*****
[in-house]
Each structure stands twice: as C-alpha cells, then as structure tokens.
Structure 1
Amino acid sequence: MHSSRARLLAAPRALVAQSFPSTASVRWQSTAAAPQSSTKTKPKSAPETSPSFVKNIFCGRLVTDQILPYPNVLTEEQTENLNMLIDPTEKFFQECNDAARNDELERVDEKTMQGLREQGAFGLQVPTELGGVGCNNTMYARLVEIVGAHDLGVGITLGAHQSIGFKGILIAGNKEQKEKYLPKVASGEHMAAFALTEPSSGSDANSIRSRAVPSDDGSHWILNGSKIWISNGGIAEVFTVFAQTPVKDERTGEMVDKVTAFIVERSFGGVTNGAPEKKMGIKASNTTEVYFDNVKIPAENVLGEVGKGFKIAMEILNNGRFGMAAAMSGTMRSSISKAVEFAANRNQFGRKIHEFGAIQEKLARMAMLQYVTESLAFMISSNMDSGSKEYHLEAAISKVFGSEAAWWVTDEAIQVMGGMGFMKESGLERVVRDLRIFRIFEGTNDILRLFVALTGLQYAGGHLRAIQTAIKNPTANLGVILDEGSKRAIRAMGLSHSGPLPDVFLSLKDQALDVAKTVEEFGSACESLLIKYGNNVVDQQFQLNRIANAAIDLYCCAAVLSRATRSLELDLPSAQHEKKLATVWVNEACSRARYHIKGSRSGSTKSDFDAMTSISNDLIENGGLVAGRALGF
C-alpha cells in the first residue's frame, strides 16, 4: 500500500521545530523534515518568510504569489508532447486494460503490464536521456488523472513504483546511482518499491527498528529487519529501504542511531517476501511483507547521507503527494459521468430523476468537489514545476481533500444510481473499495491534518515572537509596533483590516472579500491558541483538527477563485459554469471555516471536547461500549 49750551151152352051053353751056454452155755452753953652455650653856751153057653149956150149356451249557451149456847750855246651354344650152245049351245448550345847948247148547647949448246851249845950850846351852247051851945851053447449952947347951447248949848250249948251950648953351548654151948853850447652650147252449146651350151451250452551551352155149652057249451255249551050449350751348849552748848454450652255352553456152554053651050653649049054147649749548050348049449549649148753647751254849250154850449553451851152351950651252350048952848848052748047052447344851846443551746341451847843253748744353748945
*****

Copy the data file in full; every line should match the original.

[in-house]
Each structure stands twice: as C-alpha cells, then as structure tokens.
Structure 1
Amino acid sequence: MHSSRARLLAAPRALVAQSFPSTASVRWQSTAAAPQSSTKTKPKSAPETSPSFVKNIFCGRLVTDQILPYPNVLTEEQTENLNMLIDPTEKFFQECNDAARNDELERVDEKTMQGLREQGAFGLQVPTELGGVGCNNTMYARLVEIVGAHDLGVGITLGAHQSIGFKGILIAGNKEQKEKYLPKVASGEHMAAFALTEPSSGSDANSIRSRAVPSDDGSHWILNGSKIWISNGGIAEVFTVFAQTPVKDERTGEMVDKVTAFIVERSFGGVTNGAPEKKMGIKASNTTEVYFDNVKIPAENVLGEVGKGFKIAMEILNNGRFGMAAAMSGTMRSSISKAVEFAANRNQFGRKIHEFGAIQEKLARMAMLQYVTESLAFMISSNMDSGSKEYHLEAAISKVFGSEAAWWVTDEAIQVMGGMGFMKESGLERVVRDLRIFRIFEGTNDILRLFVALTGLQYAGGHLRAIQTAIKNPTANLGVILDEGSKRAIRAMGLSHSGPLPDVFLSLKDQALDVAKTVEEFGSACESLLIKYGNNVVDQQFQLNRIANAAIDLYCCAAVLSRATRSLELDLPSAQHEKKLATVWVNEACSRARYHIKGSRSGSTKSDFDAMTSISNDLIENGGLVAGRALGF
C-alpha cells in the first residue's frame, strides 16, 4: 500500500521545530523534515518568510504569489508532447486494460503490464536521456488523472513504483546511482518499491527498528529487519529501504542511531517476501511483507547521507503527494459521468430523476468537489514545476481533500444510481473499495491534518515572537509596533483590516472579500491558541483538527477563485459554469471555516471536547461500549 49750551151152352051053353751056454452155755452753953652455650653856751153057653149956150149356451249557451149456847750855246651354344650152245049351245448550345847948247148547647949448246851249845950850846351852247051851945851053447449952947347951447248949848250249948251950648953351548654151948853850447652650147252449146651350151451250452551551352155149652057249451255249551050449350751348849552748848454450652255352553456152554053651050653649049054147649749548050348049449549649148753647751254849250154850449553451851152351950651252350048952848848052748047052447344851846443551746341451847843253748744353748945